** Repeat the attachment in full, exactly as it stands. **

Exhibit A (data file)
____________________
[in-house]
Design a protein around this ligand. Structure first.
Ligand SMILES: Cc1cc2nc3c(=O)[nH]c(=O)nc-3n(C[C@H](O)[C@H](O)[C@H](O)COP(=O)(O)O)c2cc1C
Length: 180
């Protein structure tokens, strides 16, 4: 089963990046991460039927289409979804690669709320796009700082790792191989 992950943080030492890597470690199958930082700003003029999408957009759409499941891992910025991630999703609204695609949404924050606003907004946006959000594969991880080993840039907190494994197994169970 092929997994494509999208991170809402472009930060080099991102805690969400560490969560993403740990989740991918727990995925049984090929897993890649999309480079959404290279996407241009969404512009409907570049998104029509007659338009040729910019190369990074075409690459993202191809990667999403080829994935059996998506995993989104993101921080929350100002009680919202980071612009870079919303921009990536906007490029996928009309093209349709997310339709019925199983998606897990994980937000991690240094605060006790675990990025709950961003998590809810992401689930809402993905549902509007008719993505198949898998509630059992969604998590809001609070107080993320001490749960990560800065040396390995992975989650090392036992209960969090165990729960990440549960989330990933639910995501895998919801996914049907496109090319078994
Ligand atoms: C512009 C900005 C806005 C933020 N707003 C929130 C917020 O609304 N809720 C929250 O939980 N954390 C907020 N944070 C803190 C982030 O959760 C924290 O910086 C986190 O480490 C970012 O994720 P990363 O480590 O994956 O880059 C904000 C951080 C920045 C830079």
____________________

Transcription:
[in-house]
Design a protein around this ligand. Structure first.
Ligand SMILES: Cc1cc2nc3c(=O)[nH]c(=O)nc-3n(C[C@H](O)[C@H](O)[C@H](O)COP(=O)(O)O)c2cc1C
Length: 180
């Protein structure tokens, strides 16, 4: 089963990046991460039927289409979804690669709320796009700082790792191989 992950943080030492890597470690199958930082700003003029999408957009759409499941891992910025991630999703609204695609949404924050606003907004946006959000594969991880080993840039907190494994197994169970 092929997994494509999208991170809402472009930060080099991102805690969400560490969560993403740990989740991918727990995925049984090929897993890649999309480079959404290279996407241009969404512009409907570049998104029509007659338009040729910019190369990074075409690459993202191809990667999403080829994935059996998506995993989104993101921080929350100002009680919202980071612009870079919303921009990536906007490029996928009309093209349709997310339709019925199983998606897990994980937000991690240094605060006790675990990025709950961003998590809810992401689930809402993905549902509007008719993505198949898998509630059992969604998590809001609070107080993320001490749960990560800065040396390995992975989650090392036992209960969090165990729960990440549960989330990933639910995501895998919801996914049907496109090319078994
Ligand atoms: C512009 C900005 C806005 C933020 N707003 C929130 C917020 O609304 N809720 C929250 O939980 N954390 C907020 N944070 C803190 C982030 O959760 C924290 O910086 C986190 O480490 C970012 O994720 P990363 O480590 O994956 O880059 C904000 C951080 C920045 C830079």